It’s common practice for companies to ask for your email address or personal details in order to “unlock” certain content or to enter you in a contest. On the surface, submitting a simple email address may not seem like a big deal. The truth is, marketers are collecting your information for direct marketing purposes. Worse still, they are often selling it to other companies for revenue.

Scammers regularly use phone text messages as a means of gaining new victims. You have won nothing at all and the promised prizes do not exist. If you follow the link in the hope of claiming your prize, you may be tricked into downloading malware to your phone.

Or, you may be taken to a scam website that promises the chance to win further prizes in exchange for supplying your name and contact details. These sites will share your information with dodgy marketing companies who will inundate you with unwanted email, text messages, and phone calls.

Some versions may try to trick you into entering your mobile phone number, ostensibly to claim a prize or go in the draw for other prizes. But, by supplying your number, you will actually be subscribing to a very expensive SMS “service” that charges you several dollars for every message they send you.

When faced with these situations in the future, remember to ask yourself: How useful is this content that I’m exchanging my email address for? How likely am I to win this prize? Chances are, you almost certainly won’t win anything, but the marketer will definitely have gained a new lead for future monetization. If need be, create some pseudonymous email addresses. They can be a gateway to a lot of fun.

 

5. Be careful when sharing your location

What are some of the dangers of sharing your location online? And how can you prevent sharing too much information?

Social media is highly used among adolescents and teens. While there are many perks to social media, it also has it’s dangers. For example, some social media sites, like Facebook, Twitter, Instagram, etc., will share your location without you even knowing. This could be troublesome for your privacy as well as your safety.

By posting pictures of you away from your home for long periods of time i.e., vacation or on work or school trips, you are making yourself a target for burglars or home invaders. If your account is not private, anyone can see that you are not home.

You should not post updates or photos disclosing exact residences or any identifying information. This information could be accessed by anyone and completely exposes your privacy as well as puts you in danger.

Watch how often you update your statuses about where you are or “check-ins” on social media sites. By disclosing your every move, it can make it easy for others to track your daily routine and activity. This constant updating could familiarize them with the exact time of each location that you’re at, the time spent at each location, and whether or not you’re by yourself or with others.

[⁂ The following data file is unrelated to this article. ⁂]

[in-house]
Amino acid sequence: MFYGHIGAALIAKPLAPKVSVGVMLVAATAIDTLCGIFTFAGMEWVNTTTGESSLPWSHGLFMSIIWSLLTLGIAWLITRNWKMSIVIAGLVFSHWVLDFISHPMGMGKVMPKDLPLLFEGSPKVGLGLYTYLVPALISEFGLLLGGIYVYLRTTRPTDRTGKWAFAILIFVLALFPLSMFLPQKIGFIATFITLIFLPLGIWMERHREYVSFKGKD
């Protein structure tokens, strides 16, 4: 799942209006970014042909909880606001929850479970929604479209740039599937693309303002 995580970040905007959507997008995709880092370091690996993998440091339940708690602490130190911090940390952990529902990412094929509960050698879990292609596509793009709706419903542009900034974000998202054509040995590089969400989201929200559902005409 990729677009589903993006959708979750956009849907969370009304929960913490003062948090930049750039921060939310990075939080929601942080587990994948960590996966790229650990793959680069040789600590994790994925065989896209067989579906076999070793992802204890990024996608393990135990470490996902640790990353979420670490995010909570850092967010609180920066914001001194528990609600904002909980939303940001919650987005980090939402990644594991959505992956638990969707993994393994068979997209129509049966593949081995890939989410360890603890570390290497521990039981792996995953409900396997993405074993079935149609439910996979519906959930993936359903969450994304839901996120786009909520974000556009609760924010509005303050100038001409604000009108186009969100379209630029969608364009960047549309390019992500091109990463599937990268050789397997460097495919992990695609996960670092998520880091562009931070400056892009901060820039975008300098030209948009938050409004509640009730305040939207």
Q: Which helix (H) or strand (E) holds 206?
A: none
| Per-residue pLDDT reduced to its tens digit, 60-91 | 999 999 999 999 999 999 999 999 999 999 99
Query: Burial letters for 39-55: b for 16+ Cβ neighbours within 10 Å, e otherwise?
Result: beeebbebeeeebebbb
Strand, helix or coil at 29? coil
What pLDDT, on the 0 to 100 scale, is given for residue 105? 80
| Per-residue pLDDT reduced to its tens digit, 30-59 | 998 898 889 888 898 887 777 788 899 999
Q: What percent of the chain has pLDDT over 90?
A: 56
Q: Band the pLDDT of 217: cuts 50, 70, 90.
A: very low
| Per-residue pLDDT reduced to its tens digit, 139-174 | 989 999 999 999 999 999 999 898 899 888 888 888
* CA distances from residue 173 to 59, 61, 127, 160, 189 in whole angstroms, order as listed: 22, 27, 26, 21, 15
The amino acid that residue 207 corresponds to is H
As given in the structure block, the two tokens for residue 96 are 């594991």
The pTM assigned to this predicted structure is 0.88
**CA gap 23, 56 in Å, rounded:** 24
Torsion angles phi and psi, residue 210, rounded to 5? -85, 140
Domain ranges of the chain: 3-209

Never post saying that you are home alone. Don’t post at the same time everyday disclosing your location. You want to avoid people learning your routine and where you are during certain times of the day.

Using your mobile’s built-in global positioning system (GPS) functionality allows location-based services (or geo-location) to locate and publish information about your whereabouts. Applications like Foursquare, Facebook and Yelp allow you to “check in” at places using your mobile phone, and then share your location with friends or on social networks. The application knows where you are because it taps into your phone’s GPS longitude and latitude data.

While GPS can help you find places you’re going to and discover local deals, sharing your location with the world could pose some danger, so it’s critical to be aware of the risks that we face when using location-based services or geo-tagging.

For instance, you may not mind sharing your exact location with friends and family, but what about with people you don’t know? When your location is broadcast on social networks such as Facebook and Twitter, you lose control of the information. Anyone can see it. Say you check into a hotel while on vacation. A thief could see your check-in, do an online search for your home address and rob you while you’re away.

GPS data is also used in geotagging. Geotagging includes longitude and latitude data in the image file automatically unless this is turned off. This technology is prevalent in images and videos taken by both smartphones and digital cameras.

This is troublesome because many of us are unaware of this feature, even though sharing images online has become immensely popular. Sites such as Instagram, Facebook, Flickr and YouTube are filled with pictures and videos that include location information. Most of the time, that information won’t matter, but you could be inadvertently telling people where you are just by sharing what you may think is an innocent photo.

Turn off the GPS function on your smartphone camera or digital camera. This is important if you are going to be sharing your images online. Instructions on how to turn off geotagging will vary, but we suggest referring to your phone or camera’s manual for further instructions on how to adjust this feature. You also might want to consider only letting certain apps (like maps) use your location data on your mobile device.